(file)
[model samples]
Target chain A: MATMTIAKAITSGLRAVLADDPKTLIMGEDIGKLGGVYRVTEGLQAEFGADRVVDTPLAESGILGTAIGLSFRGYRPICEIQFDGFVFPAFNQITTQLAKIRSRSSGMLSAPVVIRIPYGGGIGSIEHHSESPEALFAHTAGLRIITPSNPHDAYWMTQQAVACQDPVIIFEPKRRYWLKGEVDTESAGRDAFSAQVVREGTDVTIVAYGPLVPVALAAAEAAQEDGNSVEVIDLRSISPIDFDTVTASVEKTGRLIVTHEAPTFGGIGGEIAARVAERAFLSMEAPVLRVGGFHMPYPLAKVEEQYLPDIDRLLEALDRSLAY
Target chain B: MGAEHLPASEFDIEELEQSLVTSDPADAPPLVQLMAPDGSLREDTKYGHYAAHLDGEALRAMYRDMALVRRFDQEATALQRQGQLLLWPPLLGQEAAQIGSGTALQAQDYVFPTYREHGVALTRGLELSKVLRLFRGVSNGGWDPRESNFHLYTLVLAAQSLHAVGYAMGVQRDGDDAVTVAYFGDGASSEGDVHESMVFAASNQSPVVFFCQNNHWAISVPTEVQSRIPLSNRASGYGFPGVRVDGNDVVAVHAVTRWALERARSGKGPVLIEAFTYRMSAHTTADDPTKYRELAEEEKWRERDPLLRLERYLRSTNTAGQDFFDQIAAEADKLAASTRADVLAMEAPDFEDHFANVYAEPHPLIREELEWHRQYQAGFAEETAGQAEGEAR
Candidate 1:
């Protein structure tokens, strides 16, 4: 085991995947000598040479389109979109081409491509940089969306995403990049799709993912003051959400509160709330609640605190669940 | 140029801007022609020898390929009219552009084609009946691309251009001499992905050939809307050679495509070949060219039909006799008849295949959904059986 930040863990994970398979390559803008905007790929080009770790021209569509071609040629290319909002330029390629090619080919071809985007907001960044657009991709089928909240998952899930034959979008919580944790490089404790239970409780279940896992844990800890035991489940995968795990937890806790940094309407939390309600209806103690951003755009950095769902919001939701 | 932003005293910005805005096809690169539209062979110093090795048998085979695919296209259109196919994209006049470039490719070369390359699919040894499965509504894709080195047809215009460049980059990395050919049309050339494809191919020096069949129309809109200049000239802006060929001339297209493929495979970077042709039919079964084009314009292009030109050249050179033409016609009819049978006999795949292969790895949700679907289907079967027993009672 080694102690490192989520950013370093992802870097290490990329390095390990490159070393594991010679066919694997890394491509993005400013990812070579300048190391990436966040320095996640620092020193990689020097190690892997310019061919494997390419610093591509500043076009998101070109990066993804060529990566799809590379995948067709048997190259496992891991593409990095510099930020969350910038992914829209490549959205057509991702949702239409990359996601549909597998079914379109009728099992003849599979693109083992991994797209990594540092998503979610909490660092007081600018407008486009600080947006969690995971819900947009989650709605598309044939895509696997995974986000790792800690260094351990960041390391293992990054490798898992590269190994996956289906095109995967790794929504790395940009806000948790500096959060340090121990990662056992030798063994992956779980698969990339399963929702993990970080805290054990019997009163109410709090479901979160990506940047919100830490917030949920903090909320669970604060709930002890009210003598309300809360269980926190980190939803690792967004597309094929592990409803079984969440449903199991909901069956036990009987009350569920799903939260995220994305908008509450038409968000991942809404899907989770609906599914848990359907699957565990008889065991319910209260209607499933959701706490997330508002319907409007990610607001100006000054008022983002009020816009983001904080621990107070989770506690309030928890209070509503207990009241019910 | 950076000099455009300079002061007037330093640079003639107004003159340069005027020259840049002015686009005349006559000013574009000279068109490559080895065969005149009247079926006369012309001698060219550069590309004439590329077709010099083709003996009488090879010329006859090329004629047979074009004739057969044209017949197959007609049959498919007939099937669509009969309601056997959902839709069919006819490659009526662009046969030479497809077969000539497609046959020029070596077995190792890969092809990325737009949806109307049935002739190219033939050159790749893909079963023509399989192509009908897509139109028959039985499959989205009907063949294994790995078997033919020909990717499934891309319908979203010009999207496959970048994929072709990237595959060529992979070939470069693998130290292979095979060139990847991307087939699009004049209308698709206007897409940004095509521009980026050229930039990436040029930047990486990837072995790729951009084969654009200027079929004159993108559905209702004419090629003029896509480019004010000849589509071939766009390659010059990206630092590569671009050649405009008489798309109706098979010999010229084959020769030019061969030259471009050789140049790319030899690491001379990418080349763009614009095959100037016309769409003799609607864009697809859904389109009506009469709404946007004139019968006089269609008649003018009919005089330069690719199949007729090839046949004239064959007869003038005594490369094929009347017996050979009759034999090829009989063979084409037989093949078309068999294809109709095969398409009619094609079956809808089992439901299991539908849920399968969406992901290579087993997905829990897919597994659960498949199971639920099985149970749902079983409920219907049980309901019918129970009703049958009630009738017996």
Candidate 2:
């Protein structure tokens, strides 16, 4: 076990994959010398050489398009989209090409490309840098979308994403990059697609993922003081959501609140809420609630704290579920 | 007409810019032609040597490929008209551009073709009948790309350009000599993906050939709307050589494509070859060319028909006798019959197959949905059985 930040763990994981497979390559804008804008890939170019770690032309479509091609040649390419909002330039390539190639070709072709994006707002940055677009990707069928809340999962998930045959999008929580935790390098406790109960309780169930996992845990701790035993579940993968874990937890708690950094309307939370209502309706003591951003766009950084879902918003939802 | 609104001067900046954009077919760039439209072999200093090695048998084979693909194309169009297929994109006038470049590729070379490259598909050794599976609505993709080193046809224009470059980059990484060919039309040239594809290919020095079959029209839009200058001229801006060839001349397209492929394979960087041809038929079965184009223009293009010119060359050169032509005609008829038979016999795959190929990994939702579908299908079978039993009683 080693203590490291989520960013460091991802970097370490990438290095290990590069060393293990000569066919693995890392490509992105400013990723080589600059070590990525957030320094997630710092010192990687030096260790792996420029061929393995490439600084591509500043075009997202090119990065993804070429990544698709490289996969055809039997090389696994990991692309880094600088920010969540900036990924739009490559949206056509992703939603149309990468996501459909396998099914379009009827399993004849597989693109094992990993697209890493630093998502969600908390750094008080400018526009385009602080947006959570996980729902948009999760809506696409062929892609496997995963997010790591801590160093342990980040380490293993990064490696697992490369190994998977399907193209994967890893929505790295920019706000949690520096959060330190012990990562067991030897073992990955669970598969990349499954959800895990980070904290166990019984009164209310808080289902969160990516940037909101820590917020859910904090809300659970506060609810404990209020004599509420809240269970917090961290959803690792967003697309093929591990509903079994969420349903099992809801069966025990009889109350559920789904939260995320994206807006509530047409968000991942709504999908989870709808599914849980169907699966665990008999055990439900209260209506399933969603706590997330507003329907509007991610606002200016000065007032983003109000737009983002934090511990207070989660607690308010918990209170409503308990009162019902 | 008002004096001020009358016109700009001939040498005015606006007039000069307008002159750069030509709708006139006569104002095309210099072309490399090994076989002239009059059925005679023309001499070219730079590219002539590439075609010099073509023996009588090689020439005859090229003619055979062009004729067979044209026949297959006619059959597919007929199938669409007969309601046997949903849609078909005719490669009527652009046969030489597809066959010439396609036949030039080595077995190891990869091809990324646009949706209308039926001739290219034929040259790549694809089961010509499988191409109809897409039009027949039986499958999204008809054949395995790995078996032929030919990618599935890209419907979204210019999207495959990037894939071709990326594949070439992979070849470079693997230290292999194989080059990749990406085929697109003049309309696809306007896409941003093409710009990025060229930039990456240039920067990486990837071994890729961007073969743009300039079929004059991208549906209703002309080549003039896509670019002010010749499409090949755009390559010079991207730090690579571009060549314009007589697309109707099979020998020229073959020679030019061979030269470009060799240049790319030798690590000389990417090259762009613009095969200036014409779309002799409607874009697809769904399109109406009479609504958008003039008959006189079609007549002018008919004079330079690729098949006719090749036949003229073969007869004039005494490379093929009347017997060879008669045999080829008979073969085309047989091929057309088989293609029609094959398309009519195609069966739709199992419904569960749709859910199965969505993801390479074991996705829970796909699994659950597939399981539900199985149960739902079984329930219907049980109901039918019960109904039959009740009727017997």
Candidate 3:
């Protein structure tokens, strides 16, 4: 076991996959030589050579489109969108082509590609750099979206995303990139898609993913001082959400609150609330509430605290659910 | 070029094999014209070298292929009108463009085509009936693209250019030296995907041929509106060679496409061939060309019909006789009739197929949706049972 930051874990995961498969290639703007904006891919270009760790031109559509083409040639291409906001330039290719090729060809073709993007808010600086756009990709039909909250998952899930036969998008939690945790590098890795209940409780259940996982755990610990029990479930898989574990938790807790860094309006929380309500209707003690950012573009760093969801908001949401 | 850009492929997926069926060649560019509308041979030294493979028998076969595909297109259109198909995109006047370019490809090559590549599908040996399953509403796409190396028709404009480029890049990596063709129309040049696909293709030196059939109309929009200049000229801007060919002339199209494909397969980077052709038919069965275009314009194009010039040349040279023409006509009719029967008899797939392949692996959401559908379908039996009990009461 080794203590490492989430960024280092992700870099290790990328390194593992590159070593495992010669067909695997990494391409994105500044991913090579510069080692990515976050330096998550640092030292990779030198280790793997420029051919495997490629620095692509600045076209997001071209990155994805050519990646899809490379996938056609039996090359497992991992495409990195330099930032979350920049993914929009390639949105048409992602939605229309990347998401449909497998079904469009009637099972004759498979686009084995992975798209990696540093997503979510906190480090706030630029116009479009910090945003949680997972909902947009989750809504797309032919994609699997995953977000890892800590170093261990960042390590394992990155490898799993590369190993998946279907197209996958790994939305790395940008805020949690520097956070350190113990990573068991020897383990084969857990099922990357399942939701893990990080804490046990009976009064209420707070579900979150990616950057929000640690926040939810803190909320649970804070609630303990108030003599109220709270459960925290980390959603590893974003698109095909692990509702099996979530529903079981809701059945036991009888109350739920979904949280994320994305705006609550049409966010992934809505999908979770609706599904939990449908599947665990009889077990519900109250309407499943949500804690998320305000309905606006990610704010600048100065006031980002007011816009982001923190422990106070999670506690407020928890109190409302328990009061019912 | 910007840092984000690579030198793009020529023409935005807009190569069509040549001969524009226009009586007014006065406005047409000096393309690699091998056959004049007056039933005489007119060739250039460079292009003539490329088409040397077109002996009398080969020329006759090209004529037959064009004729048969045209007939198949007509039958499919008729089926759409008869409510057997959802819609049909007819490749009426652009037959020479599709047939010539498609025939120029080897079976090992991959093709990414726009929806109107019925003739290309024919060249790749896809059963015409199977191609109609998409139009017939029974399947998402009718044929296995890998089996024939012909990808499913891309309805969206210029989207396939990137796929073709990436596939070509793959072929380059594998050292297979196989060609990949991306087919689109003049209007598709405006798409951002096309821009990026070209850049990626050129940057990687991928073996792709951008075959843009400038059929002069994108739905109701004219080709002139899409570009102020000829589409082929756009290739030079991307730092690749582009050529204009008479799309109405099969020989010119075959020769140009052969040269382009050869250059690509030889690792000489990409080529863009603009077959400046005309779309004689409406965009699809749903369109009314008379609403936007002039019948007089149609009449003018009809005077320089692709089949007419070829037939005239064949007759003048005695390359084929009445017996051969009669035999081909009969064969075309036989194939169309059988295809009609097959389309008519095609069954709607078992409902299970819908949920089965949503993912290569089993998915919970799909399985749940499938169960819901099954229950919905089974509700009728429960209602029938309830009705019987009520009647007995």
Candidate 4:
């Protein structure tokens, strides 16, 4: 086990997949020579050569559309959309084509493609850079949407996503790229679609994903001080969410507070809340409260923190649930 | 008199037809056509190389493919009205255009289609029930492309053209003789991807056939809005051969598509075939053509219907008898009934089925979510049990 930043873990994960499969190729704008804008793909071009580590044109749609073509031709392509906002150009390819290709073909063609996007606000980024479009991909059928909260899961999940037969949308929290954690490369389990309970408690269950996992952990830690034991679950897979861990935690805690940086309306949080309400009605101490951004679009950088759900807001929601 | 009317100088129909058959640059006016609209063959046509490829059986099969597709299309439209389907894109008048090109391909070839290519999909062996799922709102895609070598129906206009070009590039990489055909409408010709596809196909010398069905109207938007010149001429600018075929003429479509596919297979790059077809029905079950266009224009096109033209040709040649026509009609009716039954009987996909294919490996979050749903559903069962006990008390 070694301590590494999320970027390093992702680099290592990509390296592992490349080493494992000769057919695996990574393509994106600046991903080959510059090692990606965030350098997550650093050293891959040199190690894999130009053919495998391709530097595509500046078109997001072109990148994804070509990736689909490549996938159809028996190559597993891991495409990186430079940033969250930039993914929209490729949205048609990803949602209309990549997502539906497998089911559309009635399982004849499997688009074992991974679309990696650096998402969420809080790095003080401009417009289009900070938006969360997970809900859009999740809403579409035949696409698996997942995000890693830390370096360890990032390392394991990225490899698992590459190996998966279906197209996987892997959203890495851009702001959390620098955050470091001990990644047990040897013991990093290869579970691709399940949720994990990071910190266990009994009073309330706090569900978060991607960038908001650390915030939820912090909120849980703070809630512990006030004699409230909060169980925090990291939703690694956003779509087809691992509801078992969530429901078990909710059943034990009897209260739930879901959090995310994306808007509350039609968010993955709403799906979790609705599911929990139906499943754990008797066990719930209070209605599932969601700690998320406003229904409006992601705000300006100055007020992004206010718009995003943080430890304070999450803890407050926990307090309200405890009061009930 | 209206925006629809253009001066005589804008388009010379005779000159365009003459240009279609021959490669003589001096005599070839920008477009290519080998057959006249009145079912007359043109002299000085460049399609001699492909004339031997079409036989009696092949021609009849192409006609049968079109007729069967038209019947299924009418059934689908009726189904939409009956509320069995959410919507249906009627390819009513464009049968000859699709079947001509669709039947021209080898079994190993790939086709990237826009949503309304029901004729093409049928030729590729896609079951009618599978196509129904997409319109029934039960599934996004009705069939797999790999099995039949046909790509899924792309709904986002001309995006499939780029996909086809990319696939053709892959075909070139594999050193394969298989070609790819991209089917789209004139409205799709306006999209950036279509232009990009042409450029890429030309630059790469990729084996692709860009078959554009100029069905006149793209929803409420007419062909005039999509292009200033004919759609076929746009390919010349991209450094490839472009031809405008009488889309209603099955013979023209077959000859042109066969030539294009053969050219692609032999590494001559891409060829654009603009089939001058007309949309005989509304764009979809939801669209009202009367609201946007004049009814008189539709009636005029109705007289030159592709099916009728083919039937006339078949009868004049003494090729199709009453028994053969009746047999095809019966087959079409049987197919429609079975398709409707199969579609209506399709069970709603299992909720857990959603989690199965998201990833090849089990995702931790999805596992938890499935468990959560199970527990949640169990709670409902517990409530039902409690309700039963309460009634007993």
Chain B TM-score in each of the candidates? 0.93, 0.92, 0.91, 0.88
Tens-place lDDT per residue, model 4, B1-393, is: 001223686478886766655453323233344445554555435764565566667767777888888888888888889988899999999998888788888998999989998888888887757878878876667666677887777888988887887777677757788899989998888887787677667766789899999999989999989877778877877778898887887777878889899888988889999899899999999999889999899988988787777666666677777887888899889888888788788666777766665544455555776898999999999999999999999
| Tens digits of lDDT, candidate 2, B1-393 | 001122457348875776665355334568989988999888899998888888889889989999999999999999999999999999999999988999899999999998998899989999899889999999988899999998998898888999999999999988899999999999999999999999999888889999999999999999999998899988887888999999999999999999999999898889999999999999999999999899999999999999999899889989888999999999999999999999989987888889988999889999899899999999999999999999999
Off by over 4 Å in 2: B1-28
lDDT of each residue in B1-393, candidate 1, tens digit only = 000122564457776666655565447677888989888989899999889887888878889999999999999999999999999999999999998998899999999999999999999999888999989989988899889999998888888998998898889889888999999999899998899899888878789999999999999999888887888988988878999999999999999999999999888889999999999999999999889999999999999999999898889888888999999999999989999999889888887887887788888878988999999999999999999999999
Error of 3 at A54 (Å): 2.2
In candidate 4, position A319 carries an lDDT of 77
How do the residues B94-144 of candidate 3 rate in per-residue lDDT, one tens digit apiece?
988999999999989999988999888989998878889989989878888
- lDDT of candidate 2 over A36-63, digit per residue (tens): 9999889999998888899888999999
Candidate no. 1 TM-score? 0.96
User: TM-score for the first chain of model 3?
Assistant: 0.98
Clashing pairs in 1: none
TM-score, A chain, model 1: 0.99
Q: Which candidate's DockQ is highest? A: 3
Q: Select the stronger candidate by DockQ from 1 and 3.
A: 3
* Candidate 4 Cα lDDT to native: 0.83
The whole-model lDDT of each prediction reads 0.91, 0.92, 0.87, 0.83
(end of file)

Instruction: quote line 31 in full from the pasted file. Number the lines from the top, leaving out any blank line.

The whole-model lDDT of each prediction reads 0.91, 0.92, 0.87, 0.83